This historically significant building was, in fact, a grocery store continuously from the 1890’s through the late 1970’s. Back then, many grocery stores were owned by “mom and pop” and located on neighborhood street corners. Its first owner was Richard L Tyson, who had it for 14 years. Tyson sold it to Josiah Longstreth, whose ad in the 1906 Ambler Gazette boasted, “Fine Home Dressed Meats, Fresh Provisions and Fine Groceries.” Longstreth sold the store to Charles E Ridgeway, who used World War I patriotism in his ads. Ridgeway sold the store to J. B. Neely. By 1929, the store became King & Betz when Frank King and Charles Betz, whose names are engraved in marble on the side of the building, started the iteration that served this community through the late 1970’s. This long-running version of the grocery is remembered fondly by people who lived nearby in those years.

FUN FACT. Martin Kilson, the first tenured African American professor at Harvard University, grew up in Ambler. In his recently published book, A Black Intellectual’s Odyssey (2021), he recalled, “The store’s clientele was mainly North Ambler’s upper-middle-class WASP families, and whenever its fruits exhibited even a slight sign of spoilage, King & Betz set those pieces in crates outside the store. It was the heart of the Great Depression, and our parents could rarely afford to buy fresh produce, so we kids really appreciated those crates of spoiled fruits, picking out an orange, banana, or handful of grapes for our lunch bags.”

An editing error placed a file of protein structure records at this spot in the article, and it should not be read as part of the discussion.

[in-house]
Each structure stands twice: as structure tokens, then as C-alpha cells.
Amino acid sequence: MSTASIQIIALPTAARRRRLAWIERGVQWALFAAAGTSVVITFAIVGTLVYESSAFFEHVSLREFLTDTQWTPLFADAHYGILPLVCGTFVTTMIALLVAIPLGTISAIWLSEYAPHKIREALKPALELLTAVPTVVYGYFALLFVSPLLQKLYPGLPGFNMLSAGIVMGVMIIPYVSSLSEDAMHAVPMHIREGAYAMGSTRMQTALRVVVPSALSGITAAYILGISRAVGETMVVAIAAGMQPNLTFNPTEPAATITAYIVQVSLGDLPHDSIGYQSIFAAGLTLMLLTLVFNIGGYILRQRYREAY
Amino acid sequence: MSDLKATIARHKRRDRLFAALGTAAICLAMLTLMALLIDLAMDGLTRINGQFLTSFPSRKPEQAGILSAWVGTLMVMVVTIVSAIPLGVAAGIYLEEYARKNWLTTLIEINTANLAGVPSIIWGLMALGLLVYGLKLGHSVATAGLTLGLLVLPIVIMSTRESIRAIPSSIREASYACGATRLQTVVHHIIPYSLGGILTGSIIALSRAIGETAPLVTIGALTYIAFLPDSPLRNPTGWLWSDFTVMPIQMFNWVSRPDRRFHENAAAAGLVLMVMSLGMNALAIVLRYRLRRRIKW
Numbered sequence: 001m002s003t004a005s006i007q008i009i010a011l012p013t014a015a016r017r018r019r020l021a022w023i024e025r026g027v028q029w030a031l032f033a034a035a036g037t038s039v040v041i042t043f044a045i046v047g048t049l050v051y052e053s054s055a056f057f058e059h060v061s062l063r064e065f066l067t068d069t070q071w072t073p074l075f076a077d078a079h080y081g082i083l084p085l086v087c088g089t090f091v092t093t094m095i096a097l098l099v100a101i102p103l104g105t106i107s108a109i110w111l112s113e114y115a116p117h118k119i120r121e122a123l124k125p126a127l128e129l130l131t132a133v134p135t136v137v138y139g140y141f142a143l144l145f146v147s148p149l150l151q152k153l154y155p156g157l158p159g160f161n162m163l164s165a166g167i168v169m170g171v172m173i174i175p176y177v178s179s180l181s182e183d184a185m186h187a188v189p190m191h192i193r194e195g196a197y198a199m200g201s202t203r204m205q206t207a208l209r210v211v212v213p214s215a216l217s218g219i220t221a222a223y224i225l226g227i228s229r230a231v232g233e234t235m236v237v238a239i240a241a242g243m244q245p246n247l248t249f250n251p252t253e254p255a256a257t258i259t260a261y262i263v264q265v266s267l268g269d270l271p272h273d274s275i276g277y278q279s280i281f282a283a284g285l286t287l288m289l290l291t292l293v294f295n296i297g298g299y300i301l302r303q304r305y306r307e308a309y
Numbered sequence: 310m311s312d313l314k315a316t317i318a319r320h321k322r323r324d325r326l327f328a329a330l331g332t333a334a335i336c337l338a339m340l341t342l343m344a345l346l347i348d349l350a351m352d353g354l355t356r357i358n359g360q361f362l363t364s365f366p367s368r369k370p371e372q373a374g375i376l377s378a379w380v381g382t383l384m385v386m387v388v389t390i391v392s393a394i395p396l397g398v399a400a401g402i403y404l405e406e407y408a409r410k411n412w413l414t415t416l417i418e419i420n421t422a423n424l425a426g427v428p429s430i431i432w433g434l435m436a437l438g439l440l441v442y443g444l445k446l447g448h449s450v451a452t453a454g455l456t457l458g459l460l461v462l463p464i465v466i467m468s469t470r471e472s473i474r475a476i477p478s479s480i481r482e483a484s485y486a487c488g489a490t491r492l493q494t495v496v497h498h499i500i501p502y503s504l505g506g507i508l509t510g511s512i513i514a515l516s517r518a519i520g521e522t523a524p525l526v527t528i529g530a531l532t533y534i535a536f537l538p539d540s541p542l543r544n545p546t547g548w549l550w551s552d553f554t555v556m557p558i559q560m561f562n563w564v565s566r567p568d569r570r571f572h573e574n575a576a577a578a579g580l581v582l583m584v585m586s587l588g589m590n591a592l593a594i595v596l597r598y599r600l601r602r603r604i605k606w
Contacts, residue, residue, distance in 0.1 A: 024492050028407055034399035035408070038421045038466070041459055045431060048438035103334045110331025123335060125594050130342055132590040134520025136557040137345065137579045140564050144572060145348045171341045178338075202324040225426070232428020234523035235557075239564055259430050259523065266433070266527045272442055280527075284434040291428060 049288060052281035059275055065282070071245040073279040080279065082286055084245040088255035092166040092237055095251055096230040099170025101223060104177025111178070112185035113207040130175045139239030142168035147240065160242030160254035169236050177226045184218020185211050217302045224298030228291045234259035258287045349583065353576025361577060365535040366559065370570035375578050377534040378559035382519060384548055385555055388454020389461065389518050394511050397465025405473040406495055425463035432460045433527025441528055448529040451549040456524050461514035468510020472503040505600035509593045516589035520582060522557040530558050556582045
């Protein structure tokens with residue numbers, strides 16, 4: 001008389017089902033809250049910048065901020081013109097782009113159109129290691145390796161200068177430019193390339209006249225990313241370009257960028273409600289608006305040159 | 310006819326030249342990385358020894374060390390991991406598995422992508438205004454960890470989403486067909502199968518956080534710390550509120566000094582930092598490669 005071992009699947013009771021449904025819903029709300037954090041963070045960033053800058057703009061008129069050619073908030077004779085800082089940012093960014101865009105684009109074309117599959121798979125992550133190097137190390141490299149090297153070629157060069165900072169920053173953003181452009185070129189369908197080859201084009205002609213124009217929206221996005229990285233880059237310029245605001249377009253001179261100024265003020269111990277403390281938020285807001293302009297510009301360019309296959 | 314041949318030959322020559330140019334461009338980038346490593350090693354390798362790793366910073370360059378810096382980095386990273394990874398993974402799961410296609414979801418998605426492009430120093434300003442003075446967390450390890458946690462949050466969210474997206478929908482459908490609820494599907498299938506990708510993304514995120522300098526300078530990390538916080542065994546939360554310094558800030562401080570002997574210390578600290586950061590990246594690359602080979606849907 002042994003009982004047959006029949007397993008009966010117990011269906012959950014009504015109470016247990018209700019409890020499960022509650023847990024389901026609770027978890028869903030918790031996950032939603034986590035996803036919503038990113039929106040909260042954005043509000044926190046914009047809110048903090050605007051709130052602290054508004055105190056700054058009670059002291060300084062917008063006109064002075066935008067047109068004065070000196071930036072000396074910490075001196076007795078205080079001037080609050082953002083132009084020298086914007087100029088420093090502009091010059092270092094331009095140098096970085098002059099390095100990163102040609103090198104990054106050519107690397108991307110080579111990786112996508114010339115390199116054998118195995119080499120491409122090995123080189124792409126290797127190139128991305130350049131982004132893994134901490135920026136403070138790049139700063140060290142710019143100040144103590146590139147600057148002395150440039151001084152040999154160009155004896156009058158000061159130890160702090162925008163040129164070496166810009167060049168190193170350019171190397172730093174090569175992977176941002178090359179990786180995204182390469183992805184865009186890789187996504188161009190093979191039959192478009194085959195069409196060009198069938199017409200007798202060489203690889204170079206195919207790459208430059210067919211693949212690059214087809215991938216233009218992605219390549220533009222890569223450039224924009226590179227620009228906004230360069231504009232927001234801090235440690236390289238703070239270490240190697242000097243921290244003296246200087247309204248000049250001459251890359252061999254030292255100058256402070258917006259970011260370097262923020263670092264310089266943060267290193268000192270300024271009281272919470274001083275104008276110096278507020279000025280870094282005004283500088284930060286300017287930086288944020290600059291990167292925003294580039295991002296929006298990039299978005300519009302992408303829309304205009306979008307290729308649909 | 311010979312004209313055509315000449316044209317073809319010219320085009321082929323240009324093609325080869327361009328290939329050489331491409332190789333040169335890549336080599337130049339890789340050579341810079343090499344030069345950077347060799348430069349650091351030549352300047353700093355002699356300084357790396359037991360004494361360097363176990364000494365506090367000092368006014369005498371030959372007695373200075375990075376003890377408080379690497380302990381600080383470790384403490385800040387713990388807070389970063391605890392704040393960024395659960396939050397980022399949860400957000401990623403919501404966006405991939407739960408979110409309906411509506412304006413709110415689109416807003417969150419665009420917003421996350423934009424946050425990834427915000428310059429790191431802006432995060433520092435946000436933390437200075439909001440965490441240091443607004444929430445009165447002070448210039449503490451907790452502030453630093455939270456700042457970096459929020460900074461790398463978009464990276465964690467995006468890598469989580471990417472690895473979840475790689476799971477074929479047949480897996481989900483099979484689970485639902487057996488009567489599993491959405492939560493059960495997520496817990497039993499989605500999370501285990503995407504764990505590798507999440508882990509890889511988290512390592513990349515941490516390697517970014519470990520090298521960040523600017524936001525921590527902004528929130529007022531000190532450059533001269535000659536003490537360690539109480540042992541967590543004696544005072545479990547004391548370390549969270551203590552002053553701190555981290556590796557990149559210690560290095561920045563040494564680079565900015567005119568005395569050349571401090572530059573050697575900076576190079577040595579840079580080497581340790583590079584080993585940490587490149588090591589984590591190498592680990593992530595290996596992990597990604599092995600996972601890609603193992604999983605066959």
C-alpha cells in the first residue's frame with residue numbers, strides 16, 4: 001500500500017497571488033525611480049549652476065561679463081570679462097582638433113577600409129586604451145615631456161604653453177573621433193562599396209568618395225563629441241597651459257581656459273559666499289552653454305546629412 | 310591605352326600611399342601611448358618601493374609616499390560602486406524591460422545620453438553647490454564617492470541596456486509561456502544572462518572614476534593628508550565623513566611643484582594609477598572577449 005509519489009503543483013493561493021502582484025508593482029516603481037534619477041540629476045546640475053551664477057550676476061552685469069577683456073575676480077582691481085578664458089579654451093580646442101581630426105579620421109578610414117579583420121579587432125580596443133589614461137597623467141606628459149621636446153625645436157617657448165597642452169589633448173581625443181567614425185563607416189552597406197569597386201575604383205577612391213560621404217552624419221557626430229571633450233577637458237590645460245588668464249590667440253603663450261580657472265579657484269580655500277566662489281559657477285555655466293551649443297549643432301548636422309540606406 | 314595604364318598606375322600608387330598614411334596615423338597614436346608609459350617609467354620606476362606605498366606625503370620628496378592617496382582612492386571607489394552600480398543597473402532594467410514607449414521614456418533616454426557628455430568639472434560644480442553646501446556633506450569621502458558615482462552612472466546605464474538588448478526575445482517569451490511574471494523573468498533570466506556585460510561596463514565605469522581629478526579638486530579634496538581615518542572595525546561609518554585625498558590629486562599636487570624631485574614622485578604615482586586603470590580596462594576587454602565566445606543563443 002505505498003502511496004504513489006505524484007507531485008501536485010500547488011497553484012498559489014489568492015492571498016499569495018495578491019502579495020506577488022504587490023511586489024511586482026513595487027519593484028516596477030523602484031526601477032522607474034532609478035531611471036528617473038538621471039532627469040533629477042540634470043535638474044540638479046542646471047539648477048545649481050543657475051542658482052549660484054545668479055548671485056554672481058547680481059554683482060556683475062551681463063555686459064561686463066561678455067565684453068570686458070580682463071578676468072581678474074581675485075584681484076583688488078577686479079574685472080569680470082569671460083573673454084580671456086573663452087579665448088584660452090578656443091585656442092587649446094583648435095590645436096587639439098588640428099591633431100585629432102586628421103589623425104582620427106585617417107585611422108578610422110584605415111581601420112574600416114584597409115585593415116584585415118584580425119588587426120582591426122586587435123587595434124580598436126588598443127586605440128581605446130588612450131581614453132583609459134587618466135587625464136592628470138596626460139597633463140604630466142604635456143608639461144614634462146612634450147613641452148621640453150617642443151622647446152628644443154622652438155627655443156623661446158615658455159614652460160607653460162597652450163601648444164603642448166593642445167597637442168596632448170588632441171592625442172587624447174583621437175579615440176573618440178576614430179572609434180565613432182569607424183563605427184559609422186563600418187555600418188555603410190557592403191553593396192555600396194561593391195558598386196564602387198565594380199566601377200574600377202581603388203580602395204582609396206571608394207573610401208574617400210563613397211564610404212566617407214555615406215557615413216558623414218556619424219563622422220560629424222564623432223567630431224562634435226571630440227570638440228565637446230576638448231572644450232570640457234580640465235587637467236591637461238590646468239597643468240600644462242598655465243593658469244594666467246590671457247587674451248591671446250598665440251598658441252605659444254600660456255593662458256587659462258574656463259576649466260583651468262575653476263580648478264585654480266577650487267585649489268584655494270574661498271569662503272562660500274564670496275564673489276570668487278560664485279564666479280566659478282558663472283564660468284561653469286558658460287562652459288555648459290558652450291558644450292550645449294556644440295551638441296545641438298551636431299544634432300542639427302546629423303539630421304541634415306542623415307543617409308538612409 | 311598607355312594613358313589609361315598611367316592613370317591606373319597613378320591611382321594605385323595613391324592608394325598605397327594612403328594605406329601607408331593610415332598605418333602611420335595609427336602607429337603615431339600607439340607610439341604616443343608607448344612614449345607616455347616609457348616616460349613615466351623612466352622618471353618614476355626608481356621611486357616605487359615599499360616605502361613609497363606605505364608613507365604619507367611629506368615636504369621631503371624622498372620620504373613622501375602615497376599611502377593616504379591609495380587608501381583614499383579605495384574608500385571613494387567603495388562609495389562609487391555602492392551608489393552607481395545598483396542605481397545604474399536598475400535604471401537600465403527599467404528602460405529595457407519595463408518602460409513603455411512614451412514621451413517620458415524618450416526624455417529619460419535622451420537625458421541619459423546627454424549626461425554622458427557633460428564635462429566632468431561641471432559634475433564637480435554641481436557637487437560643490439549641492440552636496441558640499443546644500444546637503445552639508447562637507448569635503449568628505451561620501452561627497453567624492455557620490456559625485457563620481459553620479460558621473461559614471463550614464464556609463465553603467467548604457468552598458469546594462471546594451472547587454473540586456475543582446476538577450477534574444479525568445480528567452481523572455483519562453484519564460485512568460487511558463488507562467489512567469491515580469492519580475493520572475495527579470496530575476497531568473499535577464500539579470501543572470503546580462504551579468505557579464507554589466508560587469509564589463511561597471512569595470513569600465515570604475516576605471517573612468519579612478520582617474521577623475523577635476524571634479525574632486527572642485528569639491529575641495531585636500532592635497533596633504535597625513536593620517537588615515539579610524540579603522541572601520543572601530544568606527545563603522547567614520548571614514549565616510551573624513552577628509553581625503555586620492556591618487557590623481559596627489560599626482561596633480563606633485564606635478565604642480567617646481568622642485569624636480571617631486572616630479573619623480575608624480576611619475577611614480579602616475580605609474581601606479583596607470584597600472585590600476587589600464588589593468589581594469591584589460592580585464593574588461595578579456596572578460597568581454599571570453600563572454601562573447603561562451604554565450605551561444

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Thank You!

Ambler StoryTellers

The Ambler Storytellers are a WVHS Committee that soon will be sponsoring tours and other programs to raise awareness of the borough’s rich history. This citizens’ group has been working to preserve the history and character of Ambler since the spring of 2021. In addition to researching and promoting Ambler’s historic buildings, they have been attending Ambler Planning Commission meetings and advocating for a historical preservation ordinance.

As a new committee of WVHS, Ambler Storytellers will support and augment the WVHS work promoting and preserving the history of the area. More about the Storytellers will be found via the links below and in future issues of The Valley Crier (the WVHS newsletter).

To read more about the group’s goals, see “Action is Needed by All to Develop Ambler the Right Way” in the December 2021 issue of The Shuttle, published by Weavers Way Co-op:

To join their efforts, please send an email to

To receive The Valley Crier, please send an email to

Wissahickon Valley Historical Society is a certified 501(c)(3) nonprofit organization